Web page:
Earwax’s job is to keep your ears healthy and prevent dust and foreign objects from getting inside. If you didn’t have earwax, your ears would be itchy, dry and could easily become infected. Sometimes, infection or injury can lead to a fluid discharge.
Common discharges from the ears include:
Trauma to the ear canal can be caused by:
- Pushing a cotton swab too deeply in your ear when cleaning it
- Increase in pressure when flying
- Loud noises, which may rupture your eardrum
Middle ear infection
The middle ear is behind the eardrum. It contains three bones called ossicles which are vital to hearing. Infection commonly happens when bacteria or viruses make their way into the middle ear, causing fluid to build up behind the eardrum. If there is too much fluid, there’s a risk of damage of the eardrum, which then leads to ear discharge.
This happens when bacteria or fungus infects your ear canal, typically when you spend long periods of time in water. The excessive moisture inside your ear can break down the skin on the walls of your ear canal, allowing bacteria or fungus to enter and cause an infection.
If you have a skin condition, such as eczema, you may also be at risk of developing swimmers ear. Eczema can easily break the skin in the ear canal, allowing germs to get in.
Other types of ear discharge include:
- Yellow and soft
- Dark and firm like tar
- Flaky and pale
Older earwax that has moved to the outside of the ear or side effect of wax removal
- Runny and cloudy
- Cloudy fluid or pus draining
Ear infection. The pus drainage is a result of a small tear in the eardrum.
Earwax build-up, foreign object in the ear, and impacted earwax.
This could be an injury to the ear. Usually, it’s just a minor scratch of the lining of the ear canal.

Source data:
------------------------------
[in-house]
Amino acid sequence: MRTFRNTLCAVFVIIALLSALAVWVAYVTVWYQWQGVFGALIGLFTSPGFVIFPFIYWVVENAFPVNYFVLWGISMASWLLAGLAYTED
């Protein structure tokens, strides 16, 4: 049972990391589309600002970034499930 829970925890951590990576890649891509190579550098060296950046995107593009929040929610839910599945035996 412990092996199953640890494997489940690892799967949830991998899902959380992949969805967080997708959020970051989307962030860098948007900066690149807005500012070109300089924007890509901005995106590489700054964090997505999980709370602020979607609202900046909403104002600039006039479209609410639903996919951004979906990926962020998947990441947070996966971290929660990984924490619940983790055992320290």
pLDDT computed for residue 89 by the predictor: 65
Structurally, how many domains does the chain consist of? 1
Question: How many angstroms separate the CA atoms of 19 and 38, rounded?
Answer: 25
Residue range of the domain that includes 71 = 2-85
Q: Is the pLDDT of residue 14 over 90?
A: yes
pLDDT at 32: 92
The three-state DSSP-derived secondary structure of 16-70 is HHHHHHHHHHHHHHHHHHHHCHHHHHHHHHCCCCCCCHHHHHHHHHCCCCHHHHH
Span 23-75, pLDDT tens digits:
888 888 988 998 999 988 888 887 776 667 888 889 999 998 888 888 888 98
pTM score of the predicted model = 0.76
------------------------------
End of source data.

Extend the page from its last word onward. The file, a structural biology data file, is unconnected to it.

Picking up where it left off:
Cleaning your ears
Earwax isn’t formed in the deep part of your ear canal; it’s made in the outer section. So when you chew and move your jaw, you help move old earwax out of the ear canal to the ear opening. That’s where it usually dries up and falls out.
The only reason you’d have an earwax blockage up against your eardrum, is if you had tried to clean your ears with a cotton bud or something similar and pushed the wax in deeper.
Swabbing or sticking pointy and sharp objects inside your ear can cause other serious problems like:
- Rupture of the eardrum
- Hearing loss
If your problem isn’t as serious, but you feel like you have too much earwax build-up, gently clean the outside of your ears with your washcloth.
You also can try putting a few drops of baby oil, mineral oil, olive oil or glycerine in your ear to soften the wax.
When to see a doctor
Ear discharge happens for many reasons and can sometimes be a sign of something more serious, especially after a recent head injury. Should you notice any unusual ear drainage after a head injury, see a doctor immediately.
If earwax build-up has caused discomfort and home remedies have not been helpful, your doctor might need to physically and safely remove the earwax. Untreated build-up can lead to hearing loss, irritation, pain in the ear, dizziness, ringing in the ears and other problems.